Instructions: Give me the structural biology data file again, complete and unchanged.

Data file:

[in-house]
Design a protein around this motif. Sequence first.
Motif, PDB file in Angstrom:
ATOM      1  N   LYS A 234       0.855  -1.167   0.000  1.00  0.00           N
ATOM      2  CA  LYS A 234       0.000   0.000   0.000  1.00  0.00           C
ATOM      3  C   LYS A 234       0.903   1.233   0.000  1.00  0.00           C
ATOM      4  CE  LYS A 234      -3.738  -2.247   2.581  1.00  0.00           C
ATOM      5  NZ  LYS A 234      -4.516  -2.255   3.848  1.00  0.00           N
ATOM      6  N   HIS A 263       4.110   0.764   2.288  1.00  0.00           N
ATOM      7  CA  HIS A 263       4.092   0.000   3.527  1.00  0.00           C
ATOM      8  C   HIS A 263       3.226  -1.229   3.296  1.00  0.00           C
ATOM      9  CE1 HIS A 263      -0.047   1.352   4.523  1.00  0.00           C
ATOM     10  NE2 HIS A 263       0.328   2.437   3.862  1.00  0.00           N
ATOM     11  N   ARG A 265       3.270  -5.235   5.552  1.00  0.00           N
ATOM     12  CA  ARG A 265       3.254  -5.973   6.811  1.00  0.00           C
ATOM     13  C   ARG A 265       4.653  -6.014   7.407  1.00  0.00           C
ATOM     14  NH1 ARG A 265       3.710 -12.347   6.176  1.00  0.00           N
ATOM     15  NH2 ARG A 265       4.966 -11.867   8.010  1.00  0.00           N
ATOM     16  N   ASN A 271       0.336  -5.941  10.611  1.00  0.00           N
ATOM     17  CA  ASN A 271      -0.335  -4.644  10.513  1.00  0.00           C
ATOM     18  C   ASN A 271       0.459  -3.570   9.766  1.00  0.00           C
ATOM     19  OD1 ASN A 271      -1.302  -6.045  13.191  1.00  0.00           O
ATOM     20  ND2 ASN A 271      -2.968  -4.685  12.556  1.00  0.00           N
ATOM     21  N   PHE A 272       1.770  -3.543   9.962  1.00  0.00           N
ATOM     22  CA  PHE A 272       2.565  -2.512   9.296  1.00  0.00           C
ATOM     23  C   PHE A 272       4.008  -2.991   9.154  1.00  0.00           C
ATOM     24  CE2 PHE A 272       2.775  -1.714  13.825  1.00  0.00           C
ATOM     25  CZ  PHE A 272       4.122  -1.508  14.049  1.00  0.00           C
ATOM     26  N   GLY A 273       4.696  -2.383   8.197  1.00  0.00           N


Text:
[in-house]
Design a protein around this motif. Sequence first.
Motif, PDB file in Angstrom:
ATOM      1  N   LYS A 234       0.855  -1.167   0.000  1.00  0.00           N
ATOM      2  CA  LYS A 234       0.000   0.000   0.000  1.00  0.00           C
ATOM      3  C   LYS A 234       0.903   1.233   0.000  1.00  0.00           C
ATOM      4  CE  LYS A 234      -3.738  -2.247   2.581  1.00  0.00           C
ATOM      5  NZ  LYS A 234      -4.516  -2.255   3.848  1.00  0.00           N
ATOM      6  N   HIS A 263       4.110   0.764   2.288  1.00  0.00           N
ATOM      7  CA  HIS A 263       4.092   0.000   3.527  1.00  0.00           C
ATOM      8  C   HIS A 263       3.226  -1.229   3.296  1.00  0.00           C
ATOM      9  CE1 HIS A 263      -0.047   1.352   4.523  1.00  0.00           C
ATOM     10  NE2 HIS A 263       0.328   2.437   3.862  1.00  0.00           N
ATOM     11  N   ARG A 265       3.270  -5.235   5.552  1.00  0.00           N
ATOM     12  CA  ARG A 265       3.254  -5.973   6.811  1.00  0.00           C
ATOM     13  C   ARG A 265       4.653  -6.014   7.407  1.00  0.00           C
ATOM     14  NH1 ARG A 265       3.710 -12.347   6.176  1.00  0.00           N
ATOM     15  NH2 ARG A 265       4.966 -11.867   8.010  1.00  0.00           N
ATOM     16  N   ASN A 271       0.336  -5.941  10.611  1.00  0.00           N
ATOM     17  CA  ASN A 271      -0.335  -4.644  10.513  1.00  0.00           C
ATOM     18  C   ASN A 271       0.459  -3.570   9.766  1.00  0.00           C
ATOM     19  OD1 ASN A 271      -1.302  -6.045  13.191  1.00  0.00           O
ATOM     20  ND2 ASN A 271      -2.968  -4.685  12.556  1.00  0.00           N
ATOM     21  N   PHE A 272       1.770  -3.543   9.962  1.00  0.00           N
ATOM     22  CA  PHE A 272       2.565  -2.512   9.296  1.00  0.00           C
ATOM     23  C   PHE A 272       4.008  -2.991   9.154  1.00  0.00           C
ATOM     24  CE2 PHE A 272       2.775  -1.714  13.825  1.00  0.00           C
ATOM     25  CZ  PHE A 272       4.122  -1.508  14.049  1.00  0.00           C
ATOM     26  N   GLY A 273       4.696  -2.383   8.197  1.00  0.00           N